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Detailed Planning Prevents Weather-Related Construction Delays

Detailed Planning Prevents Weather-Related Construction Delays, Andrew Loftus

Meeting project deadlines and tight budgets is a top priority in the architecture, engineering and construction (AEC) industry, but achieving this goal can be difficult. Market pressures, such as fluctuating materials costs, labor availability and the pandemic, can have a significant impact on construction projects. Environmental factors may also complicate efforts to keep projects running smoothly.

Complex logistics are essential to the success of all construction projects, and most things can be planned for. All materials can be delivered when needed if the project team identifies items in advance that have long lead times. With clear communication, labor can be scheduled appropriately. In addition, most projects can build days into the construction schedule to accommodate weather-related delays. However, when severe weather strikes, you also need a contingency plan.

Know the Terrain

It may seem counterintuitive, but it’s important to plan for unexpected weather as much as possible. Contractors and project managers should understand the project area and common weather events in that region. Reviewing historical weather data can be useful in identifying potential risks, and following local governance and ordinances can provide insight into road closures or other limiting factors.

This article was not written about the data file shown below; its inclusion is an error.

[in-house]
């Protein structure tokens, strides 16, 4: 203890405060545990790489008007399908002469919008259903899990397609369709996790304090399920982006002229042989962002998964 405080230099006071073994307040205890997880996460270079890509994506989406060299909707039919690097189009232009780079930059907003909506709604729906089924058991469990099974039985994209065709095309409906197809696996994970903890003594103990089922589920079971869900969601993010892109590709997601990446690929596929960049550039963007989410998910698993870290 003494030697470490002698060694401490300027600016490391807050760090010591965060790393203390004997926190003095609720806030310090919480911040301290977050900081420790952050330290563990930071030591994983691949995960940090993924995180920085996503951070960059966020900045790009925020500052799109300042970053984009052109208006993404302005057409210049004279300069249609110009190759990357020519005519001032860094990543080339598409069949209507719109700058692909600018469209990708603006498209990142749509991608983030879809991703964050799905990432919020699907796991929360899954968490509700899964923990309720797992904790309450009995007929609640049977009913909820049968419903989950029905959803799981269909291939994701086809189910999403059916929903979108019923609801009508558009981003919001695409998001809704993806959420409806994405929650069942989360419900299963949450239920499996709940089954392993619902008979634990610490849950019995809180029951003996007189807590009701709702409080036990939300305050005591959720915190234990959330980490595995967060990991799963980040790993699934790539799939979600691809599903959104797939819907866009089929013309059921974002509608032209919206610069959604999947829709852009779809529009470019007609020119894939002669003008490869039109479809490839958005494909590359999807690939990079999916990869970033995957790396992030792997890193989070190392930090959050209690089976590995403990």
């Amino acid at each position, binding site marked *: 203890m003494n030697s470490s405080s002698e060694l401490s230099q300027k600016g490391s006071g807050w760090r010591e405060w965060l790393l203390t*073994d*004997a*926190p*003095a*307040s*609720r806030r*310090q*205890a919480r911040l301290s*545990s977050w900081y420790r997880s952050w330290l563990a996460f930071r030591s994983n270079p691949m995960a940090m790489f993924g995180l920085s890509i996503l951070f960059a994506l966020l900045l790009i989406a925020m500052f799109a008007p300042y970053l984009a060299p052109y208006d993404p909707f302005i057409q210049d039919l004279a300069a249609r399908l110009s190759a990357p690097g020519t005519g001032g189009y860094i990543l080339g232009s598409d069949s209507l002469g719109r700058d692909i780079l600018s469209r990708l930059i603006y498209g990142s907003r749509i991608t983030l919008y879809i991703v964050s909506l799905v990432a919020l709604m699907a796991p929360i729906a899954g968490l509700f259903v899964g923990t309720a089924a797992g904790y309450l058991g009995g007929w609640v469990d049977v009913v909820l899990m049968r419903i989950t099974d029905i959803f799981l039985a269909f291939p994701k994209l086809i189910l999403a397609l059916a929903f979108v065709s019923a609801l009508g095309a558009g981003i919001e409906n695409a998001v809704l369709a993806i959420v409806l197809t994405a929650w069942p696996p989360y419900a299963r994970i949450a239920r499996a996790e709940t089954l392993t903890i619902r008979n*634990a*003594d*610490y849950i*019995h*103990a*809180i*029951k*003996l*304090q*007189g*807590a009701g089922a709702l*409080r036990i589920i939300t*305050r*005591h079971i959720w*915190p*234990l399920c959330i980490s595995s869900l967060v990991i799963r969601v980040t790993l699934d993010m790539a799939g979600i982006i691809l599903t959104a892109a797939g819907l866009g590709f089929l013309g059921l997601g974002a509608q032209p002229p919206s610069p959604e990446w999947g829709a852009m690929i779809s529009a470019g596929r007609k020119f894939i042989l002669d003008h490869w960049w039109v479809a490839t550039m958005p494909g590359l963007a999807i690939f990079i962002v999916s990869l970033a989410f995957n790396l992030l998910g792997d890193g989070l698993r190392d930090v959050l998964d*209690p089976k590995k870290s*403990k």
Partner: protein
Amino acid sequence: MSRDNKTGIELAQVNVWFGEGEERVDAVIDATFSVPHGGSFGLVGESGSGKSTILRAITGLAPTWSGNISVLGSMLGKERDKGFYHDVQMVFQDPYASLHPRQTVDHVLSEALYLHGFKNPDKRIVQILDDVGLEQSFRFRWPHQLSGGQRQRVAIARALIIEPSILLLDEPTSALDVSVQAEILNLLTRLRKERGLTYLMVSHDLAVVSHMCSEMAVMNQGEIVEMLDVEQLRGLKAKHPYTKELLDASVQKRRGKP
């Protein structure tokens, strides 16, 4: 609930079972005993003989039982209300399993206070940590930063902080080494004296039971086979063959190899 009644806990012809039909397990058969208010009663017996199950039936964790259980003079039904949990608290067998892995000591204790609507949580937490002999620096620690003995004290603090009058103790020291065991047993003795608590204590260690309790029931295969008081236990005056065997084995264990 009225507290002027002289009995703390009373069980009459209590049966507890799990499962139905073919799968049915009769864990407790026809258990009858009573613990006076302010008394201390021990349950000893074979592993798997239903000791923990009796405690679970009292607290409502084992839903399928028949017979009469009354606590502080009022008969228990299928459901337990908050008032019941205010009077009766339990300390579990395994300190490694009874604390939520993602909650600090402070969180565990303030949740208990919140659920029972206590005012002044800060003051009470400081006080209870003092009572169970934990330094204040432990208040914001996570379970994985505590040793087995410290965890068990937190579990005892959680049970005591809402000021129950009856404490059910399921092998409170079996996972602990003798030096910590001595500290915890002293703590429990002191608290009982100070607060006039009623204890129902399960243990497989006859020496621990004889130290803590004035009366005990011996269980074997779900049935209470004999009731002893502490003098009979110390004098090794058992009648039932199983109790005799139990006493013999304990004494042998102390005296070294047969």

In the Upper Midwest, for example, it is not uncommon for counties to limit travel on gravel roads once the ground begins to thaw. When contractors are aware of this, they can avoid delays by moving equipment in early or adjusting loads to meet weight requirements.

Maintain the Site

Depending on the location of the construction site, the project team may need to build access roads to safely and efficiently transport materials, equipment and personnel. Again, understanding local weather patterns provides valuable insight to this process.

In areas where heavy rains are possible, access roads must be designed and built to provide effective drainage and withstand high moisture saturation. Taking the time to design, build and maintain these roads properly can prevent costly and time-consuming equipment repairs later, as well as enable deliveries of critical materials to continue on schedule.

On the construction site itself, proper drainage becomes more important than ever. Sealing up sites and materials during heavy rain allows moisture to shed away from vulnerable sites and keeps water from ponding. Having appropriate pumps in place allows project leaders to set up temporary drainage in active areas and keep teams working.

Choose Equipment Wisely

Many contractors prepare for equipment failures by having multiple pieces of important equipment on-site. This strategy can be refined by identifying the specific ways various weather conditions will affect equipment and then choosing the right equipment for the conditions. For instance, continuous track vehicles are less likely to sink in mud or leave heavy ruts on roads and work sites. Proper maintenance, including greasing tracks and removing mud, also plays a role in reducing breakdowns and construction delays.

Above all, careful preparation — including procurement execution planning, freight and logistics management, site maintenance and equipment selection — is key to completing construction projects on time and on budget. Researching and anticipating weather challenges today will allow project teams to continue working as efficiently as possible in all conditions.

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Andy Loftus
Written by Andy Loftus
Andrew Loftus is a project manager at Burns & McDonnell. He specializes in design and construction services for aviation projects, including site investigations and studies, design criteria development, site planning and layout, grading, drainage, and pavement and utility design.

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